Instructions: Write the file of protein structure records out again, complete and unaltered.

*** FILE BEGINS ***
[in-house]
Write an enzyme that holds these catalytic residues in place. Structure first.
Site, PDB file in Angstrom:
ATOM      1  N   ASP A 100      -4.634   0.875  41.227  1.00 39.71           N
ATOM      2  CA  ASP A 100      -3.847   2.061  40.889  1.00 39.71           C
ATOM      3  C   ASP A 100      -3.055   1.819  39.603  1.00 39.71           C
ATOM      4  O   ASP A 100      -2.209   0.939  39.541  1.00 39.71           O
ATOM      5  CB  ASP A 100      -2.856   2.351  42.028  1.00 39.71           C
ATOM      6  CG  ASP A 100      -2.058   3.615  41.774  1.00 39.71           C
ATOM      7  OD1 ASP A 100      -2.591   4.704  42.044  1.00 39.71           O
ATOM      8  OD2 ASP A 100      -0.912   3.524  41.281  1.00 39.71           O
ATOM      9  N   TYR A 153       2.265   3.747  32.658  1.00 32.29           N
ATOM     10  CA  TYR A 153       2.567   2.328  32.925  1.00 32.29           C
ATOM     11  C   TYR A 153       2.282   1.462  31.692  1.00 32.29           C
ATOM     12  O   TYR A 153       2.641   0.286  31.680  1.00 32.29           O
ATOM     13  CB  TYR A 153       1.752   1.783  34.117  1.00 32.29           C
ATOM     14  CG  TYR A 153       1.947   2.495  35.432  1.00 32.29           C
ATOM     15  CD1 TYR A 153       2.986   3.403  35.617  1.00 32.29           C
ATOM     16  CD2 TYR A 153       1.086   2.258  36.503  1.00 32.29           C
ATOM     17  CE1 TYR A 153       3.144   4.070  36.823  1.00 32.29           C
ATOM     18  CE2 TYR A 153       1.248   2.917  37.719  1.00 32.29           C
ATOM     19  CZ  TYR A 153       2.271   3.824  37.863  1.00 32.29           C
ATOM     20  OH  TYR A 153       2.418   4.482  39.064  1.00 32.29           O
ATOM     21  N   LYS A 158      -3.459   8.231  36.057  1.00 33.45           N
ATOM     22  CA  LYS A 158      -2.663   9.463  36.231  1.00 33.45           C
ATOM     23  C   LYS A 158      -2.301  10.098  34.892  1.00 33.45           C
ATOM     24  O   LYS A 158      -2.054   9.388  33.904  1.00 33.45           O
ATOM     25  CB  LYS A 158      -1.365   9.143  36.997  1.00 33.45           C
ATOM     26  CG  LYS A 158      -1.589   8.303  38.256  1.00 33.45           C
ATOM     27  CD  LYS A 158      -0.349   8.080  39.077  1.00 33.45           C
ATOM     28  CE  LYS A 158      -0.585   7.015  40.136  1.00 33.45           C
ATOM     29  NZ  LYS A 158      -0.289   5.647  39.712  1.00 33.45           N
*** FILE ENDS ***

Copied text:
[in-house]
Write an enzyme that holds these catalytic residues in place. Structure first.
Site, PDB file in Angstrom:
ATOM      1  N   ASP A 100      -4.634   0.875  41.227  1.00 39.71           N
ATOM      2  CA  ASP A 100      -3.847   2.061  40.889  1.00 39.71           C
ATOM      3  C   ASP A 100      -3.055   1.819  39.603  1.00 39.71           C
ATOM      4  O   ASP A 100      -2.209   0.939  39.541  1.00 39.71           O
ATOM      5  CB  ASP A 100      -2.856   2.351  42.028  1.00 39.71           C
ATOM      6  CG  ASP A 100      -2.058   3.615  41.774  1.00 39.71           C
ATOM      7  OD1 ASP A 100      -2.591   4.704  42.044  1.00 39.71           O
ATOM      8  OD2 ASP A 100      -0.912   3.524  41.281  1.00 39.71           O
ATOM      9  N   TYR A 153       2.265   3.747  32.658  1.00 32.29           N
ATOM     10  CA  TYR A 153       2.567   2.328  32.925  1.00 32.29           C
ATOM     11  C   TYR A 153       2.282   1.462  31.692  1.00 32.29           C
ATOM     12  O   TYR A 153       2.641   0.286  31.680  1.00 32.29           O
ATOM     13  CB  TYR A 153       1.752   1.783  34.117  1.00 32.29           C
ATOM     14  CG  TYR A 153       1.947   2.495  35.432  1.00 32.29           C
ATOM     15  CD1 TYR A 153       2.986   3.403  35.617  1.00 32.29           C
ATOM     16  CD2 TYR A 153       1.086   2.258  36.503  1.00 32.29           C
ATOM     17  CE1 TYR A 153       3.144   4.070  36.823  1.00 32.29           C
ATOM     18  CE2 TYR A 153       1.248   2.917  37.719  1.00 32.29           C
ATOM     19  CZ  TYR A 153       2.271   3.824  37.863  1.00 32.29           C
ATOM     20  OH  TYR A 153       2.418   4.482  39.064  1.00 32.29           O
ATOM     21  N   LYS A 158      -3.459   8.231  36.057  1.00 33.45           N
ATOM     22  CA  LYS A 158      -2.663   9.463  36.231  1.00 33.45           C
ATOM     23  C   LYS A 158      -2.301  10.098  34.892  1.00 33.45           C
ATOM     24  O   LYS A 158      -2.054   9.388  33.904  1.00 33.45           O
ATOM     25  CB  LYS A 158      -1.365   9.143  36.997  1.00 33.45           C
ATOM     26  CG  LYS A 158      -1.589   8.303  38.256  1.00 33.45           C
ATOM     27  CD  LYS A 158      -0.349   8.080  39.077  1.00 33.45           C
ATOM     28  CE  LYS A 158      -0.585   7.015  40.136  1.00 33.45           C
ATOM     29  NZ  LYS A 158      -0.289   5.647  39.712  1.00 33.45           N